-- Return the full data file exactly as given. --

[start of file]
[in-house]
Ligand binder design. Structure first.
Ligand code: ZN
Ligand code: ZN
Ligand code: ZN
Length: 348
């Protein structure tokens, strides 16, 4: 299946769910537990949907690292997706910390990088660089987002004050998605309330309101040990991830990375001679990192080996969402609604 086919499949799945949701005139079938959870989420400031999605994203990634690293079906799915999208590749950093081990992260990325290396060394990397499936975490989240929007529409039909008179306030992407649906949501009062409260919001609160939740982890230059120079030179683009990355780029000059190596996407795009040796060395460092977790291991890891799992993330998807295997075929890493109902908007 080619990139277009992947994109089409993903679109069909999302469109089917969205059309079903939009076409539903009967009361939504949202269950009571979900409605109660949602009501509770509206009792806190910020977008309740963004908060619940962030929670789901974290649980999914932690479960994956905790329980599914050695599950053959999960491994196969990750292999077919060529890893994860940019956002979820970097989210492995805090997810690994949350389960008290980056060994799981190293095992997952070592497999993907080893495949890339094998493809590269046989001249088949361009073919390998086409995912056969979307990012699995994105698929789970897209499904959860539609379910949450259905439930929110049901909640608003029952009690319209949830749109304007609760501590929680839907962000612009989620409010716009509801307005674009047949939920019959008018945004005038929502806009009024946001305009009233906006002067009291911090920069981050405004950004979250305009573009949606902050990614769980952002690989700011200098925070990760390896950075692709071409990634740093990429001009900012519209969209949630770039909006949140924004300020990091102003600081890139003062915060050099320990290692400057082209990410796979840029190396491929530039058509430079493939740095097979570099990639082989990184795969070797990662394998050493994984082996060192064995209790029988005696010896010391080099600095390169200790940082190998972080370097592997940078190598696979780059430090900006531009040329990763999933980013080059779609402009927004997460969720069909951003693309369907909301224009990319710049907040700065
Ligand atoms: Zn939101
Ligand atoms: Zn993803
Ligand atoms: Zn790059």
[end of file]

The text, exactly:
[in-house]
Ligand binder design. Structure first.
Ligand code: ZN
Ligand code: ZN
Ligand code: ZN
Length: 348
């Protein structure tokens, strides 16, 4: 299946769910537990949907690292997706910390990088660089987002004050998605309330309101040990991830990375001679990192080996969402609604 086919499949799945949701005139079938959870989420400031999605994203990634690293079906799915999208590749950093081990992260990325290396060394990397499936975490989240929007529409039909008179306030992407649906949501009062409260919001609160939740982890230059120079030179683009990355780029000059190596996407795009040796060395460092977790291991890891799992993330998807295997075929890493109902908007 080619990139277009992947994109089409993903679109069909999302469109089917969205059309079903939009076409539903009967009361939504949202269950009571979900409605109660949602009501509770509206009792806190910020977008309740963004908060619940962030929670789901974290649980999914932690479960994956905790329980599914050695599950053959999960491994196969990750292999077919060529890893994860940019956002979820970097989210492995805090997810690994949350389960008290980056060994799981190293095992997952070592497999993907080893495949890339094998493809590269046989001249088949361009073919390998086409995912056969979307990012699995994105698929789970897209499904959860539609379910949450259905439930929110049901909640608003029952009690319209949830749109304007609760501590929680839907962000612009989620409010716009509801307005674009047949939920019959008018945004005038929502806009009024946001305009009233906006002067009291911090920069981050405004950004979250305009573009949606902050990614769980952002690989700011200098925070990760390896950075692709071409990634740093990429001009900012519209969209949630770039909006949140924004300020990091102003600081890139003062915060050099320990290692400057082209990410796979840029190396491929530039058509430079493939740095097979570099990639082989990184795969070797990662394998050493994984082996060192064995209790029988005696010896010391080099600095390169200790940082190998972080370097592997940078190598696979780059430090900006531009040329990763999933980013080059779609402009927004997460969720069909951003693309369907909301224009990319710049907040700065
Ligand atoms: Zn939101
Ligand atoms: Zn993803
Ligand atoms: Zn790059």